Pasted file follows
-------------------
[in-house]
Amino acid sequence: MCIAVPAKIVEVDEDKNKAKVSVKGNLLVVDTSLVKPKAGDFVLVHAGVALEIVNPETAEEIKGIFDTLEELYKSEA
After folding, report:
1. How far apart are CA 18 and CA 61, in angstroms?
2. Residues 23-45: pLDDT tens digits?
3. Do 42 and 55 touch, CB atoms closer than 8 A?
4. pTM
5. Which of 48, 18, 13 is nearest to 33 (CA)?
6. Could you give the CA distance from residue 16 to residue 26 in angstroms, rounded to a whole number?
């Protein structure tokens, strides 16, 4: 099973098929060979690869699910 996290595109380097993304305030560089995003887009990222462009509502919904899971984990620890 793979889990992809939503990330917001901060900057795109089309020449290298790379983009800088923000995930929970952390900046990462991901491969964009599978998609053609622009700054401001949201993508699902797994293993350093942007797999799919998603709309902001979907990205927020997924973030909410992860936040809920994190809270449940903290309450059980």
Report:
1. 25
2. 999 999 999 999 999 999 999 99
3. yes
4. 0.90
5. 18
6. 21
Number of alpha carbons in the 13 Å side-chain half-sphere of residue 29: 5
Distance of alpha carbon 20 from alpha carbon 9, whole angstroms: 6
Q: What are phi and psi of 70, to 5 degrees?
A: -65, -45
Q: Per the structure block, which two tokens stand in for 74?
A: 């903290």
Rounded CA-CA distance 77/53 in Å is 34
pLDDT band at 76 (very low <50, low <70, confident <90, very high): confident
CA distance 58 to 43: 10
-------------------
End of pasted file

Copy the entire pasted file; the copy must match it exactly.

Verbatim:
[in-house]
Amino acid sequence: MCIAVPAKIVEVDEDKNKAKVSVKGNLLVVDTSLVKPKAGDFVLVHAGVALEIVNPETAEEIKGIFDTLEELYKSEA
After folding, report:
1. How far apart are CA 18 and CA 61, in angstroms?
2. Residues 23-45: pLDDT tens digits?
3. Do 42 and 55 touch, CB atoms closer than 8 A?
4. pTM
5. Which of 48, 18, 13 is nearest to 33 (CA)?
6. Could you give the CA distance from residue 16 to residue 26 in angstroms, rounded to a whole number?
């Protein structure tokens, strides 16, 4: 099973098929060979690869699910 996290595109380097993304305030560089995003887009990222462009509502919904899971984990620890 793979889990992809939503990330917001901060900057795109089309020449290298790379983009800088923000995930929970952390900046990462991901491969964009599978998609053609622009700054401001949201993508699902797994293993350093942007797999799919998603709309902001979907990205927020997924973030909410992860936040809920994190809270449940903290309450059980």
Report:
1. 25
2. 999 999 999 999 999 999 999 99
3. yes
4. 0.90
5. 18
6. 21
Number of alpha carbons in the 13 Å side-chain half-sphere of residue 29: 5
Distance of alpha carbon 20 from alpha carbon 9, whole angstroms: 6
Q: What are phi and psi of 70, to 5 degrees?
A: -65, -45
Q: Per the structure block, which two tokens stand in for 74?
A: 């903290």
Rounded CA-CA distance 77/53 in Å is 34
pLDDT band at 76 (very low <50, low <70, confident <90, very high): confident
CA distance 58 to 43: 10